Certificate of Deposit (CD) | Definition/ser·tif·i·keit·uhv·duh·paa·zuht/
A savings certificate with a fixed maturity date, specified fixed interest | unbanked | currency | altcoins | 529 plan | tax lien | account | expense | economy | pension | bitcoin | 401(k) | lender | wealth | return | grant | asset | check | fafsa | will | wage | fdic | bank | loan | bond | fund | spac | debt | loan | atm | definitionsrate, and can be issued in any denomination aside from minimum investment | debit card | withdrawal | work study | tax credit | employment | index fund | reconcile | co-signer | net worth | deferment | liability | redlining | black tax | treasurer | reimburse | ownership | tax forms | monetary | definitionsrequirements. A Certificate of Deposit (CD) restricts access to the funds until the maturity date of the investment. CDs are generally issued by commercial banks and are insured by the FDIC up to $250,000 per individual.
Next word Dividend Reinvestment Plan (DRIP) | Definition ᐳ
Although a Certificate of Deposit has a higher interest rate than other savings accounts, it typically does not keep up with inflation.
CDs vs. Money Market Accounts
Other than a traditional savings account, banks will often push customers to utilize CDs and Money Market Accounts (MMAs). To know which option is best for your situation, it is important to know the difference between these savings products.
Certificate of Deposit
Of the three types of savings accounts—traditional, MMA, and CD—a CD is the most illiquid, meaning you can’t just pull your money out at any time. Since CDs are locked in for a certain amount of time, banks can make conservative investments in stocks and bonds to offer you a guaranteed rate of return. This will not make a ton of money, but it will be a much higher interest rate than a liquid account like a traditional savings account since banks don’t know when you’ll remove that money.
Money Market Account
An MMA is a sort of middle ground between traditional savings and a CD. The MMA offers interest rates that are higher than traditional accounts but lower than CDs. The tradeoff here is that there are usually higher account minimum balances. Since the bank can at least guarantee a small amount in the account, they can make similar conservative investments as the CD.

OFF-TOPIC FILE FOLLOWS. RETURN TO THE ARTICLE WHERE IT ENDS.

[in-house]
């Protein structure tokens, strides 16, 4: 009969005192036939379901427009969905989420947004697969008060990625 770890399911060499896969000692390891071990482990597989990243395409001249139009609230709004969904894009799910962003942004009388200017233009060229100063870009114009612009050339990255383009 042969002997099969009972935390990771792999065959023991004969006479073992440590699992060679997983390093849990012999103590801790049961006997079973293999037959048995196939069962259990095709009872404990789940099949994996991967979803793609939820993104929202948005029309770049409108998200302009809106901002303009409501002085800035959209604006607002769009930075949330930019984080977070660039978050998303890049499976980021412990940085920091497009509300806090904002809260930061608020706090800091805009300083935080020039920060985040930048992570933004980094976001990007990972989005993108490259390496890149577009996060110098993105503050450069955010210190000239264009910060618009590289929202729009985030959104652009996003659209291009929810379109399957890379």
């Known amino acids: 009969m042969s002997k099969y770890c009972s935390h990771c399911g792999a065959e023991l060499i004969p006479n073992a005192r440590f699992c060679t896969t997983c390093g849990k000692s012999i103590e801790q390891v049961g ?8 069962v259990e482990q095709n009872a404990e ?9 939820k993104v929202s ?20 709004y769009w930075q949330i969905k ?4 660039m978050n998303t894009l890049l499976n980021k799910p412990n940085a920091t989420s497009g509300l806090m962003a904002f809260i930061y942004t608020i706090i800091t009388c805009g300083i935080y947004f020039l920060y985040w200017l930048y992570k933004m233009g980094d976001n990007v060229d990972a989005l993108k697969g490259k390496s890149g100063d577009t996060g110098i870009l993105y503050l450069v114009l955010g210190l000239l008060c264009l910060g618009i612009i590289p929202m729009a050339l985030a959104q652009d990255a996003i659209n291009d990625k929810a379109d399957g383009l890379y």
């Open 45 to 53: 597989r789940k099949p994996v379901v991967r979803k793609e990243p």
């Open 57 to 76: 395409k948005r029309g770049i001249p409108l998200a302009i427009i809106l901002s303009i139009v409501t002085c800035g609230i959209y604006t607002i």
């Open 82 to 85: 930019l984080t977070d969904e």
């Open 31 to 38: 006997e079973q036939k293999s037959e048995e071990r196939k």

Benefits of a Certificate of Deposit
There are several reasons that a CD is a good place to put your funds:
- The higher interest rate helps fight inflation while you are holding cash.
- Having funds behind a penalty wall makes it hard to spend them frivolously.
- Even though there are withdrawal penalties, that is only for the interest earned, which means your invested cash is usually safe.
Recommended Read: Why is Financial Literacy Important?
Drawbacks of a Certificate of Deposit
There are several reasons that a CD may not be the best place to put your funds:
- It is illiquid, so don’t put it there if you need the cash soon.
- The higher interest rates are usually below the inflation rate, so it is not an investment to beat inflation.
- Penalties can wipe out all of your interest, even late in your deposit’s maturity.
Recommended Read: How to Read Financial Statements
The Money Wrap-Up: When to Consider Investing in a Certificate of Deposit
A CD is a medium-term conservative investment. Generally speaking, if you need cash in the next one or two months, you would not use a CD since the shortest is usually three months. On the other hand, a CD is not a long-term wealth-generating investment since it doesn’t keep up with inflation, so any funds held beyond a few years usually need to be invested elsewhere.
There are other medium-term investments as well, such as short-term bonds, but even those can lose money. There are few investments as safe or non-volatile as a CD, so that makes CDs an important tool in your financial tool belt.